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StCBs/DCCBs - PMLA, 2002 – Obligation of Banks


June 25, 2008

The Chief Executives of
All State and Central Co-operative Banks

Dear Sir,

Prevention of Money Laundering Act, 2002 -
Obligation of Banks in Terms of Rules Notified there under

Please refer to our circular RPCD.CO.RF.AML.BC.65/07.02.12/2005-06 dated March 3, 2006. In Paragraph 3 of the said circular, it was advised that banks are required to maintain and preserve information in respect of transactions with its client referred to in Rule 3 in hard and soft copies. It is further clarified that banks should also report information in respect of all transactions referred to in Rule 3, ibid to the Director, Financial Intelligence Unit-India (FIU-IND).

2. In terms of instructions contained in paragraph 2 of the guidelines on 'Know Your Customer Norms' and 'Anti-Money Laundering Measures' of our circular dated February 18, 2005, banks are required to prepare a profile for each customer based on risk categorization. Further, vide paragraph 4 of our circular dated February 28, 2008, the need for periodical review of risk categorization has been emphasized. It is, therefore, reiterated that banks, as a part of transaction monitoring mechanism, are required to put in place an appropriate software application to throw alerts when the transactions are inconsistent with risk categorization and updated profile of customers. It is needless to add that a robust software throwing alerts is essential for effective identification and reporting of suspicious transactions.

3. In paragraph 6 of our circular dated March 3, 2006, referred to above, banks were advised to initiate urgent steps to ensure electronic filing of cash transaction report (CTR) and Suspicious Transaction Reports (STR) to FIU-IND. It has been reported by FIU-IND that many banks are yet to file electronic reports. It is, therefore, advised that in case of banks, where all the branches are not yet fully computerized, the Principal Officer of the bank should cull out the transaction details from branches which are not computerized and suitably arrange to feed the data into an electronic file with the help of the editable electronic utilities of CTR / STR as have been made available by FIU-IND on their website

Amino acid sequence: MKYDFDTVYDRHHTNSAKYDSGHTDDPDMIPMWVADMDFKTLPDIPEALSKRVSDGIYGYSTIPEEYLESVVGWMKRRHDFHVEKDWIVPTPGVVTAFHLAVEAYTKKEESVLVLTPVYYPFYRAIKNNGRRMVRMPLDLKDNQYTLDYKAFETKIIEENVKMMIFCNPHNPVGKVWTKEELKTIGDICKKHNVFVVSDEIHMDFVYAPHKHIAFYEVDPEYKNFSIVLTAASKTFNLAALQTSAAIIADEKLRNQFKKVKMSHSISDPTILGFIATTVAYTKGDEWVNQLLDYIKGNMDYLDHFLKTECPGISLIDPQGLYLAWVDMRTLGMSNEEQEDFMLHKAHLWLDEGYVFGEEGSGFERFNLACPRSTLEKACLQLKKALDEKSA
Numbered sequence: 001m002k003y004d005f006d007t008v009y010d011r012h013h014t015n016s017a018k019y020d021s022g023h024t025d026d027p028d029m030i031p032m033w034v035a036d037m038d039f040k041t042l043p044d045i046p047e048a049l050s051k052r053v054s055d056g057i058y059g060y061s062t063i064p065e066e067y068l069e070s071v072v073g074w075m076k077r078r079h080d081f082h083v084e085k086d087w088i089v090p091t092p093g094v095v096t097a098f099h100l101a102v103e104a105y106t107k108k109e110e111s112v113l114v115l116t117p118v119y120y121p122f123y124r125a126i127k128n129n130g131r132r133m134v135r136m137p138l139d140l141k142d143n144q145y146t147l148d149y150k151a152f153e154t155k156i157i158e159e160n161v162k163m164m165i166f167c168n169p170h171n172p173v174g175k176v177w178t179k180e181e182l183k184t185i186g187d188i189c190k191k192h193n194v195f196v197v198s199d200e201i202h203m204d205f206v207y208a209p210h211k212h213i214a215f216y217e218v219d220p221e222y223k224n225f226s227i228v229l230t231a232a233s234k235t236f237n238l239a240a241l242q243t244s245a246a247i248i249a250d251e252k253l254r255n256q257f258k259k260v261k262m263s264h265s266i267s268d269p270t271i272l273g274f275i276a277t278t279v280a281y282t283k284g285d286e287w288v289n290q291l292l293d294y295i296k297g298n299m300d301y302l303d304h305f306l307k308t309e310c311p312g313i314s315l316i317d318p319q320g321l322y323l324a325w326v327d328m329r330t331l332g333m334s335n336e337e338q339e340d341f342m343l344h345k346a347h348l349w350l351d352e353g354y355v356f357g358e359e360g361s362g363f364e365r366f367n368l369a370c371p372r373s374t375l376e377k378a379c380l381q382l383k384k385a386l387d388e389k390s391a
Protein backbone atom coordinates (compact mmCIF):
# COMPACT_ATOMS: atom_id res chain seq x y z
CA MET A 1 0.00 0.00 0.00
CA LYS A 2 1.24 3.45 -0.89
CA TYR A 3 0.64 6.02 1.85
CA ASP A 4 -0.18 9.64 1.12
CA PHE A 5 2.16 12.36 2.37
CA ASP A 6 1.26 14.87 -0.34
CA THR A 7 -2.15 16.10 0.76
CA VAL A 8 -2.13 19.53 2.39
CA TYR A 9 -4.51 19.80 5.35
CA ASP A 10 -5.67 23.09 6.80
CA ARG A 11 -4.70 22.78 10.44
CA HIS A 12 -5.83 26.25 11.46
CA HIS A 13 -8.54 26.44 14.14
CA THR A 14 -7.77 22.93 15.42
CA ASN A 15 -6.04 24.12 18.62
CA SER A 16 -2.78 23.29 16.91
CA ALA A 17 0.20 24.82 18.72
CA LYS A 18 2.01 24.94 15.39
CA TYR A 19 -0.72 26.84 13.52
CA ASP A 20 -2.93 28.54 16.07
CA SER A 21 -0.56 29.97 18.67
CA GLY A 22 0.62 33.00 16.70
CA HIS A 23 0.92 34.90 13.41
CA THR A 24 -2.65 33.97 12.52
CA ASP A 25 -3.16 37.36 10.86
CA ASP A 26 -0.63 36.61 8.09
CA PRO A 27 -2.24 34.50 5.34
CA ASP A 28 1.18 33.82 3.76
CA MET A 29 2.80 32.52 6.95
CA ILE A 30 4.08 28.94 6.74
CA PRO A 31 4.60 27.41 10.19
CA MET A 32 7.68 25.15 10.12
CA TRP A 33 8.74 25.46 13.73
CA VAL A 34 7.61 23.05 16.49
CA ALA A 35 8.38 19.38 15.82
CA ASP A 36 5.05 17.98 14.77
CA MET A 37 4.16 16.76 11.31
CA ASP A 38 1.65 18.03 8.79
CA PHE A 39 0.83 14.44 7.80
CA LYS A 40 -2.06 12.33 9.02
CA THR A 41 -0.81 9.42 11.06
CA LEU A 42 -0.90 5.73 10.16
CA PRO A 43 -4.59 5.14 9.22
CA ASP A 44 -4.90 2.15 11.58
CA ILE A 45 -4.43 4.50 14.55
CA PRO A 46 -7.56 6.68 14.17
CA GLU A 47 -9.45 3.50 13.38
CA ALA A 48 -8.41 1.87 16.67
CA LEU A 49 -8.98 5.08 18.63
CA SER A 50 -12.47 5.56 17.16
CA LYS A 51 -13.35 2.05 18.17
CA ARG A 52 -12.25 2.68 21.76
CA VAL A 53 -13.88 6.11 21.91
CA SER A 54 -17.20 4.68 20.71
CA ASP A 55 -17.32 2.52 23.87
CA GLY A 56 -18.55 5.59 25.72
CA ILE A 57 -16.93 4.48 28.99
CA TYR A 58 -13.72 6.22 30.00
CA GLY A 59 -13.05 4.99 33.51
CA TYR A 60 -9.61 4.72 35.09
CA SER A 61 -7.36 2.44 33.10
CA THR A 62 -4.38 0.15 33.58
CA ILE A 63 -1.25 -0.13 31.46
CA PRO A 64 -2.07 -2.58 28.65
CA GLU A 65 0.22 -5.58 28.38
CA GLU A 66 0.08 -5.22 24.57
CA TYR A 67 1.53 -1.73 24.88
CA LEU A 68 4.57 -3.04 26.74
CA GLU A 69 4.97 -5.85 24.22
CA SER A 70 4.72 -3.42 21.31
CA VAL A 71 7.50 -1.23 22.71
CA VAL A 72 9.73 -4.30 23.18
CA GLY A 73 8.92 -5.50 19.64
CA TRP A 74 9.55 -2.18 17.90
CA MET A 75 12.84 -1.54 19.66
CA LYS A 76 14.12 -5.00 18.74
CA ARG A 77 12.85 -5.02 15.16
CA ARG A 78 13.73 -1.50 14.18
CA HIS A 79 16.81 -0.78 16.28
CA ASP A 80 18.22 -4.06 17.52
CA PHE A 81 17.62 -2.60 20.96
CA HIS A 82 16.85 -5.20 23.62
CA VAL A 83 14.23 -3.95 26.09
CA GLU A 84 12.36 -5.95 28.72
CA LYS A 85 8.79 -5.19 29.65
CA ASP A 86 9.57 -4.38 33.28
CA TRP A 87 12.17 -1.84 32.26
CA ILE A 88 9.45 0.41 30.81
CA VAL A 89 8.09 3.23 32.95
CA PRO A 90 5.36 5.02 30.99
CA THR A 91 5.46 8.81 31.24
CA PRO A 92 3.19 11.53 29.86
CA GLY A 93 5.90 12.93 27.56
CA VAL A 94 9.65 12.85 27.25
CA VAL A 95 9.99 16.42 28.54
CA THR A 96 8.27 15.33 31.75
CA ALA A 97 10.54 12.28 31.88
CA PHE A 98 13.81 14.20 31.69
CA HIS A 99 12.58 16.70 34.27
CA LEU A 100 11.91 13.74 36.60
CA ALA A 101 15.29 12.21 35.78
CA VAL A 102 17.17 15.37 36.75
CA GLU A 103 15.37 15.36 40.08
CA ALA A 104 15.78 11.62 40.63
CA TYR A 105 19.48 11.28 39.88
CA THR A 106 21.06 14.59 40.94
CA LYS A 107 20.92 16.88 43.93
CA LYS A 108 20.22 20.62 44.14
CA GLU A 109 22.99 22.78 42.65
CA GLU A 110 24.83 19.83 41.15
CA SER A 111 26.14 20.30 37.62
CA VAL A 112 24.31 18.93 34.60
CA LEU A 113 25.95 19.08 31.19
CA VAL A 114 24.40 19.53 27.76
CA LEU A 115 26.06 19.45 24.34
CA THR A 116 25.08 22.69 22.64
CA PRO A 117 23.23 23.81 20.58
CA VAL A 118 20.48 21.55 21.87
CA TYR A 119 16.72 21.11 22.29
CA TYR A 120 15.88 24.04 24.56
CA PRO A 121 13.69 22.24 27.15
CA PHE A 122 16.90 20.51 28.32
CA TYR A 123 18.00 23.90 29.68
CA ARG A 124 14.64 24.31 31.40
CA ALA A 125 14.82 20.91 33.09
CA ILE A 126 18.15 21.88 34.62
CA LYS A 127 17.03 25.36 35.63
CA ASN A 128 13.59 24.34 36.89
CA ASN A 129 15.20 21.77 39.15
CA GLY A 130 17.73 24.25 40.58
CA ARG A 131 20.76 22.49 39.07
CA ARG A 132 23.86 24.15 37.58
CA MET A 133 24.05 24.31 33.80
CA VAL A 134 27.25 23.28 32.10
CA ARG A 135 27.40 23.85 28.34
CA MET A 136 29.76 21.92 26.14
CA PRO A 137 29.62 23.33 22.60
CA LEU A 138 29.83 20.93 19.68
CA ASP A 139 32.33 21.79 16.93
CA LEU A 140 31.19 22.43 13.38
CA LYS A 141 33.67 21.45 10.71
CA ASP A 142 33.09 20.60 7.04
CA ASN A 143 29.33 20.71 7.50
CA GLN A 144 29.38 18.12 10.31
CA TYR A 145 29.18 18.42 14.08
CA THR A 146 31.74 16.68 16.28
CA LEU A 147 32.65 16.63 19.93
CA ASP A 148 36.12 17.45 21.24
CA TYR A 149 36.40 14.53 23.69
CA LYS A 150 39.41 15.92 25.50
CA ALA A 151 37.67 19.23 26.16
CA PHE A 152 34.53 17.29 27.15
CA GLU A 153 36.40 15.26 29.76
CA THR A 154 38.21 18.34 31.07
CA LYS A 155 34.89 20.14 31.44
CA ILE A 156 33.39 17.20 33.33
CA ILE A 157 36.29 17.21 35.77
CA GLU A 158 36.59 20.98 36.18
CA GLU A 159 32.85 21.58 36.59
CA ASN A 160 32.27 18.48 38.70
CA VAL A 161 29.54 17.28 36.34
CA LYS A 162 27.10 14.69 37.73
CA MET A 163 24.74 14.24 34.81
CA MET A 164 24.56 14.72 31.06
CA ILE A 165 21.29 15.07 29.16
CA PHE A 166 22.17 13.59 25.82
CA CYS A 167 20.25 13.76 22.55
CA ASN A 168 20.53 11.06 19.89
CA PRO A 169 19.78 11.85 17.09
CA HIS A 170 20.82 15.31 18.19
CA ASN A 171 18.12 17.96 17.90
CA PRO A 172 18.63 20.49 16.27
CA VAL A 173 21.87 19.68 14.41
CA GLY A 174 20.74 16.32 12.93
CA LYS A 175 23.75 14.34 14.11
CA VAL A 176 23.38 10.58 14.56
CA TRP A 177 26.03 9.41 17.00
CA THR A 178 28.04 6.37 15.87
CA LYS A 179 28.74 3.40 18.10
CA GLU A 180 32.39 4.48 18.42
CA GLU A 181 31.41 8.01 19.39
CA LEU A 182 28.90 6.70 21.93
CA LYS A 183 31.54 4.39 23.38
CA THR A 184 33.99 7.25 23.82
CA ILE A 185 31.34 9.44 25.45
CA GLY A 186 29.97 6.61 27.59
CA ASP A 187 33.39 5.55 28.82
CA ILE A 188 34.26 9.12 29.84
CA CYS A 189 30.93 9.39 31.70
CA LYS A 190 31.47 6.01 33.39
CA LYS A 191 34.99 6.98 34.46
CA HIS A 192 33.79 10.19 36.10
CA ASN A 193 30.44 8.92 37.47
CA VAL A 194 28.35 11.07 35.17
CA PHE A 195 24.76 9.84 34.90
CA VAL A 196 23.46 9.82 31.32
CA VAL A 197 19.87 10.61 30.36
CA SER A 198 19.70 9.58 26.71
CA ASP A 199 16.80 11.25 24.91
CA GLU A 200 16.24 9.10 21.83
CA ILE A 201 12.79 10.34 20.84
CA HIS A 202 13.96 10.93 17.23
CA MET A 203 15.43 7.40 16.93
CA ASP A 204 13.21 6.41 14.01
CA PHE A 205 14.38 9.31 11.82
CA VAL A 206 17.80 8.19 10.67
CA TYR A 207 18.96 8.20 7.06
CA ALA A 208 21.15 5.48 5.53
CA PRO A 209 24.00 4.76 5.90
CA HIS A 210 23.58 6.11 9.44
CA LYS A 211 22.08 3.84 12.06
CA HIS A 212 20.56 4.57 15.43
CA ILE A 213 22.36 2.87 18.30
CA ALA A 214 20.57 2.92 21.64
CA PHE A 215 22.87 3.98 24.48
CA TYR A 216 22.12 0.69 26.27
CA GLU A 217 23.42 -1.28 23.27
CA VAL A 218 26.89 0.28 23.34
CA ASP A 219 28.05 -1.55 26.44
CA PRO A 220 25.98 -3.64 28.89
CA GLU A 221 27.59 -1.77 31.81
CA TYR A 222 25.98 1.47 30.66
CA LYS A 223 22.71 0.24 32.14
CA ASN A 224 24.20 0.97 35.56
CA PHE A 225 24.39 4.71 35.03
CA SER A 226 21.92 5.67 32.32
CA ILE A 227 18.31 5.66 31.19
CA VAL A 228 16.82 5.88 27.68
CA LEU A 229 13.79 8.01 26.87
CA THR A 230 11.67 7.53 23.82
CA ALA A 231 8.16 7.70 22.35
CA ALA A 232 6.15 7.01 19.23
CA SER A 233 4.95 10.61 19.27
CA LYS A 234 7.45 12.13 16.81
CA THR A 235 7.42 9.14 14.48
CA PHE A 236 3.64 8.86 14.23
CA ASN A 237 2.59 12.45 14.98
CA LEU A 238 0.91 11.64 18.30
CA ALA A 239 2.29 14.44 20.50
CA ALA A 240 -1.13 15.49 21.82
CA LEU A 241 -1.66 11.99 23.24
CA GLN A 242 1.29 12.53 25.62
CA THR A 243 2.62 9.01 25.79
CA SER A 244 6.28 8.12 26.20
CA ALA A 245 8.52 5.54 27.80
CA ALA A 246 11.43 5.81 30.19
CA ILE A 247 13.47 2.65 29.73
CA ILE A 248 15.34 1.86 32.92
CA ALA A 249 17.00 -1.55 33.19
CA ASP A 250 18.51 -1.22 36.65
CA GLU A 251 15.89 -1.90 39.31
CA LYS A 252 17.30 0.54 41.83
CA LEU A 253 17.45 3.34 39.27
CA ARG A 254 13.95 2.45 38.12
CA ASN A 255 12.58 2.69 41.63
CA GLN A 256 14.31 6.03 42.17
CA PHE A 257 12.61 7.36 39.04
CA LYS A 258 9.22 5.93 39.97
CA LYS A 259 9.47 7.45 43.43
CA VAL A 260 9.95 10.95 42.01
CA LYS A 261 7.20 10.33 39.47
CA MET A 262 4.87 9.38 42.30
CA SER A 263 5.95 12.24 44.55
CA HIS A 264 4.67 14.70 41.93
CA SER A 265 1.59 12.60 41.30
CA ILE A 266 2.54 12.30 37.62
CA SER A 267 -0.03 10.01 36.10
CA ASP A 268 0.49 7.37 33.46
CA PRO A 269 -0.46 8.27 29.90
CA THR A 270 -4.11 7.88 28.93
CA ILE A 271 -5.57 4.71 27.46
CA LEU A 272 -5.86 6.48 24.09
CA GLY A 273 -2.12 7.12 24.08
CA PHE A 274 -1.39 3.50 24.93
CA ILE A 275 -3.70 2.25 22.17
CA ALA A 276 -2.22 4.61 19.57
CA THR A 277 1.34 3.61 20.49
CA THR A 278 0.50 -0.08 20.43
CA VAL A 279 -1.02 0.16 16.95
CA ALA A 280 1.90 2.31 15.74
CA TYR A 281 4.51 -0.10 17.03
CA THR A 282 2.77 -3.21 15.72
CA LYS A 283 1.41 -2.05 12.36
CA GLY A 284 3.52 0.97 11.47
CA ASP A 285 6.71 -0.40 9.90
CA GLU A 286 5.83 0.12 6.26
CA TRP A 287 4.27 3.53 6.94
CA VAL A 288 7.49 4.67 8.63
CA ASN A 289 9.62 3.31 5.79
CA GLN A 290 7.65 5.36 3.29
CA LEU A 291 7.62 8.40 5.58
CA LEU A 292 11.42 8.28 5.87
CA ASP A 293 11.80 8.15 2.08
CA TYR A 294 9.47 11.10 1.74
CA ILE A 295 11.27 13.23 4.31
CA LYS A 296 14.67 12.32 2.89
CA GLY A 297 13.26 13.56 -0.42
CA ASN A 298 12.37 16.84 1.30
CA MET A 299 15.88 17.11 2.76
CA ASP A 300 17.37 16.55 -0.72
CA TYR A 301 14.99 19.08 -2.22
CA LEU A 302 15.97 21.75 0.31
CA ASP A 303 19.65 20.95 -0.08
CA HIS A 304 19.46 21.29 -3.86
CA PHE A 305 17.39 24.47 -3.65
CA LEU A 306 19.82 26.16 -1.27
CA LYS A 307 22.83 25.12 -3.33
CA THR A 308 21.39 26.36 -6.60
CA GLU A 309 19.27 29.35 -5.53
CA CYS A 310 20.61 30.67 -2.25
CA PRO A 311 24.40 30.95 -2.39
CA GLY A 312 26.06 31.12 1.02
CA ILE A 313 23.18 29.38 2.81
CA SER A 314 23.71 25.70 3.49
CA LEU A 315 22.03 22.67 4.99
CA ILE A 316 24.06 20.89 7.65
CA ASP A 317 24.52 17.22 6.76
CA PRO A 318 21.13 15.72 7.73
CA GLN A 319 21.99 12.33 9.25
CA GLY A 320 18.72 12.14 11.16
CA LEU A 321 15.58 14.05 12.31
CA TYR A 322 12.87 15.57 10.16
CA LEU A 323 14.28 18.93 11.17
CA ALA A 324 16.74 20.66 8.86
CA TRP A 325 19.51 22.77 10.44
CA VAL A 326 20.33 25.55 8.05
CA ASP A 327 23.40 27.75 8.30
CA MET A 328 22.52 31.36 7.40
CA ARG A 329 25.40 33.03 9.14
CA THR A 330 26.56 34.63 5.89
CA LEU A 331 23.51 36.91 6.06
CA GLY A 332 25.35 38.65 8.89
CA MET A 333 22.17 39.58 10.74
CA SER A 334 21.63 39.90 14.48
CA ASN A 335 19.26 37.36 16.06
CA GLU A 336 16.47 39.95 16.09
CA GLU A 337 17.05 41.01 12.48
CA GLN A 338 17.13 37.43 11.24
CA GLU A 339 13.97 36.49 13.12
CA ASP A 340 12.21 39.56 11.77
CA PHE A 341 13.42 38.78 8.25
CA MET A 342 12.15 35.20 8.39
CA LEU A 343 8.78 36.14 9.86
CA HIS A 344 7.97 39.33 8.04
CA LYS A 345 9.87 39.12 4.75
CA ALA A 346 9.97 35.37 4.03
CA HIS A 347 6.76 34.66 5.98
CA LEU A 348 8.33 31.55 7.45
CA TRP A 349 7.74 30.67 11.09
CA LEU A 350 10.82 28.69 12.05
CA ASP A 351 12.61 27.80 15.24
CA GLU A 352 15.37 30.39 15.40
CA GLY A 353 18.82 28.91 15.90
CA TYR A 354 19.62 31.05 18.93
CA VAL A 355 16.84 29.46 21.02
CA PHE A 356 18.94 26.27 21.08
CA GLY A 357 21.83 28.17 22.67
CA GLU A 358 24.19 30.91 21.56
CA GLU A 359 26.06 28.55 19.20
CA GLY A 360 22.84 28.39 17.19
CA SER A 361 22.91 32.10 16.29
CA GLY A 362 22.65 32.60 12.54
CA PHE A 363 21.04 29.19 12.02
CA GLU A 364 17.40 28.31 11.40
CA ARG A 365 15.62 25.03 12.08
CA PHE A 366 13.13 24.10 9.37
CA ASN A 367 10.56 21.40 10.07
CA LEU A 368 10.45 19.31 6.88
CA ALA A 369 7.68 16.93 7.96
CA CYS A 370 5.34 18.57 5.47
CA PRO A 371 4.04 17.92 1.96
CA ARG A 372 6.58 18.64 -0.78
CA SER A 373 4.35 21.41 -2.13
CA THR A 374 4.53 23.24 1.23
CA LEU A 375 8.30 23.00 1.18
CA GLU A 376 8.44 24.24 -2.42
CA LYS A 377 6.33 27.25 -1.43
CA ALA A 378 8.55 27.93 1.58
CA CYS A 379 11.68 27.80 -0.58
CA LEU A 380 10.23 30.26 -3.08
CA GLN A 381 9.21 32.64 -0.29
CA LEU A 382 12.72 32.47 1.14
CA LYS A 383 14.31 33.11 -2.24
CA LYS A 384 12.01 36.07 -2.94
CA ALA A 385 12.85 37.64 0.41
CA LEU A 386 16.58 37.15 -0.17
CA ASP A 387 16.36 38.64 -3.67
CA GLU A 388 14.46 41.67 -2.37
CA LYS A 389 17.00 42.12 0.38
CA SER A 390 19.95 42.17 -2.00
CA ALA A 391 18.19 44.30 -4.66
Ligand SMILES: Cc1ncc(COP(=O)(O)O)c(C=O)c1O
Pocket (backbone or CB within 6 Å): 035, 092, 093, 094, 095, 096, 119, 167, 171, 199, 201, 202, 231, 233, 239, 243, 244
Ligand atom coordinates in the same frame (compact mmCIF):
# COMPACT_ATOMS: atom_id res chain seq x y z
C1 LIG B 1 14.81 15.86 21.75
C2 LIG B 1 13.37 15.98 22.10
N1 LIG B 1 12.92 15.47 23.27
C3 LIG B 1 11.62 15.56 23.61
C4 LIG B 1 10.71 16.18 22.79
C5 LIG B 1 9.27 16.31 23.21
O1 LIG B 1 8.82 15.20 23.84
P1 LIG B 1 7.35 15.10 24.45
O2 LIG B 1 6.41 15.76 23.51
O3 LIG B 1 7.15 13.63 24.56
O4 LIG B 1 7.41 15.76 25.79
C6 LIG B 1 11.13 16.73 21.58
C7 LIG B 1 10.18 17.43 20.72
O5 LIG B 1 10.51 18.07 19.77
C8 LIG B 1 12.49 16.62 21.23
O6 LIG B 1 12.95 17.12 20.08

4. In paragraph 6(I)(a) of our circular dated March 3, 2006, referred to above, banks were advised to make Cash Transaction Reports (CTR) to FIU-India for every month latest by 15th of the succeeding month. It is further clarified that cash transaction reporting by branches to their Principal Officer should invariably be submitted on monthly basis (not on fortnightly basis) and the Principal Officer, in turn, should ensure to submit CTR for every month to FIU-IND within the prescribed time schedule.

5. In regard to CTR, it is reiterated that the cut-off limit of Rupees ten lakh is applicable to integrally connected cash transactions also. Further, after consultation with FIU-IND, it is clarified that:

a) For determining integrally connected cash transactions, banks should take into account all individual cash transactions in an account during a calendar month, where either debit or credit summation, computed separately, exceeds Rupees ten lakh during the month. However, while filing CTR, details of individual cash transactions below rupees fifty thousand may not be indicated. Illustration of integrally connected cash transactions is furnished in Annex-I to this circular.

b) CTR should contain only the transactions carried out by the bank on behalf of their clients / customers excluding transactions between the internal accounts of the bank.